Also, I’ve liked this old dude so far. Now he seems to think he’s Christ… Humility; very Christian.
c) p 226. Wait, so the resurrection in the bible does not mean a literal resurrection? So then what was the metaphor for all people who met Jesus afterwards, and poked him and stuff to make sure he wasn’t a ghost and was actually, concretely there, physical body and all?
Also, if Jesus predicted he’d be resurrected in three days, then three days went by and he was still dead, why would that cause people to suddenly think he was the real deal? Old man, stick to that science stuff!
d) p 258. “God is always like this.” Miyo lists off the tragedies in her life. Is she developing a view of God as unjust here, or just saying he puts us in unfortunate situations? It moves on so fast that I don’t really get a sense for the tone.
e) p 269. Miyo talks about going, “beyond the realms of the gods.” Until not everything I’ve said on how her potential religious view play into things has had the caveat of her still being very young, and us not knowing where her religious views will actually be when the time comes. Here, I think we’re a lot more solid in that, and a comment like this makes me think she really has given up on Christianity, as well as all forms of religious commitment. After all, what believer really talks about surpassing the god of their religion? Well, except Black Star. And Goku. Really, a lot of Shounen characters; Keichi could probably get away with it… Back on point; this may mean her last comment really was a criticism of god as unjust, ultimately leading her to, if not outright reject her faith, have some views that most monotheists would see as heresy.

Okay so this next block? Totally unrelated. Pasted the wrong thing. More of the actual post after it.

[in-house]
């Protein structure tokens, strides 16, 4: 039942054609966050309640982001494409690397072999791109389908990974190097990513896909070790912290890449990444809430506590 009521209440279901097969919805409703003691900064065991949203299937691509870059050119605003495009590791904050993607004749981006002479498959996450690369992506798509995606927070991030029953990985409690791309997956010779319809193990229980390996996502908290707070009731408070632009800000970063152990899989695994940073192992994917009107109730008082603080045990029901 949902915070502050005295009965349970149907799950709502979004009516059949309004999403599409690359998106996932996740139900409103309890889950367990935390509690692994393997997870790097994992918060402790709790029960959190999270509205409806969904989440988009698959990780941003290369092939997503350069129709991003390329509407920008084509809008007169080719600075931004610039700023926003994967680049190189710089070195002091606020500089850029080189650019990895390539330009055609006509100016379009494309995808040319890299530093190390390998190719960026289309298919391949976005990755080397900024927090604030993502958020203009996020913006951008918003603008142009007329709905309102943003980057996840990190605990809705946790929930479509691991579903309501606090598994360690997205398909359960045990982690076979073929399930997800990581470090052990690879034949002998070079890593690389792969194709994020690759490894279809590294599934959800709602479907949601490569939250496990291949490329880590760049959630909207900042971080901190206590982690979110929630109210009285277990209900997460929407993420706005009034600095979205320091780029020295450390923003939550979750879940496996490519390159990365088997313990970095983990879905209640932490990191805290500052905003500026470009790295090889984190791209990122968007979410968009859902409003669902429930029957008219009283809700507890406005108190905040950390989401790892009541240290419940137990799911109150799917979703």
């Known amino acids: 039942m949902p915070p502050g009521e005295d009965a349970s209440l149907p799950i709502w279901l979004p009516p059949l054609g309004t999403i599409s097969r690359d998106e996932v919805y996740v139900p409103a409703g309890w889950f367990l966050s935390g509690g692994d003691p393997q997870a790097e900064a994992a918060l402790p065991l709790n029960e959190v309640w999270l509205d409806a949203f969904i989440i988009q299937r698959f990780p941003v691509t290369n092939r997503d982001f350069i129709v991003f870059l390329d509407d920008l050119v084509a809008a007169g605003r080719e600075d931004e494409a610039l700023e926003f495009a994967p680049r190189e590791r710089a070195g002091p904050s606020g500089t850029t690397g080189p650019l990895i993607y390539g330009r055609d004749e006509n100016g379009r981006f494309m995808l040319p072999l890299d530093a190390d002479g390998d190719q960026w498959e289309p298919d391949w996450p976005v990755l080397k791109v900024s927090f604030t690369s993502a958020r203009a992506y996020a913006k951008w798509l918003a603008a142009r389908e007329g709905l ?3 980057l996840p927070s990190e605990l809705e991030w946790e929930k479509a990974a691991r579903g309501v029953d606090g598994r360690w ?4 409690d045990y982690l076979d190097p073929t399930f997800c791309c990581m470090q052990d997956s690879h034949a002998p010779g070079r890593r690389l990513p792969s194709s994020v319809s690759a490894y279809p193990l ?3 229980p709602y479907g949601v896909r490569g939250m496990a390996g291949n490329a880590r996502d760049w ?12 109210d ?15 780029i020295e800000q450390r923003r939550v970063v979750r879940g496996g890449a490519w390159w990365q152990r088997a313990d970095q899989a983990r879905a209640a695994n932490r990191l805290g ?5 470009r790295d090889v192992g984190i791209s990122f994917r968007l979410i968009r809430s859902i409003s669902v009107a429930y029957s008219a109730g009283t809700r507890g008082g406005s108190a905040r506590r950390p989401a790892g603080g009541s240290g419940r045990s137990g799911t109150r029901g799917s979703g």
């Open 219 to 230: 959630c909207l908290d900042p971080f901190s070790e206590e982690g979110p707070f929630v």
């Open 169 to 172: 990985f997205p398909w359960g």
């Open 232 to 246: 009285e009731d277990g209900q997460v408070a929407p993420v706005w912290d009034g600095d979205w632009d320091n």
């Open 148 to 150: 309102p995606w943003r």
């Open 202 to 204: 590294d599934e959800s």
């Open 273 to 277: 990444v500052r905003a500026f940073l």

f) p 319. “If we can prove that the human brain can be controlled by a parasite that will show that all of the religions, ideologies, and philosophies of mankind, could potentially be the properties of parasitic control.” Wait, wait, wait. Back it up there. Is that why you got into this? I’m not one to defend religion, and ideology isn’t clearly defined here, but you damn well better step off my waifu philosophy!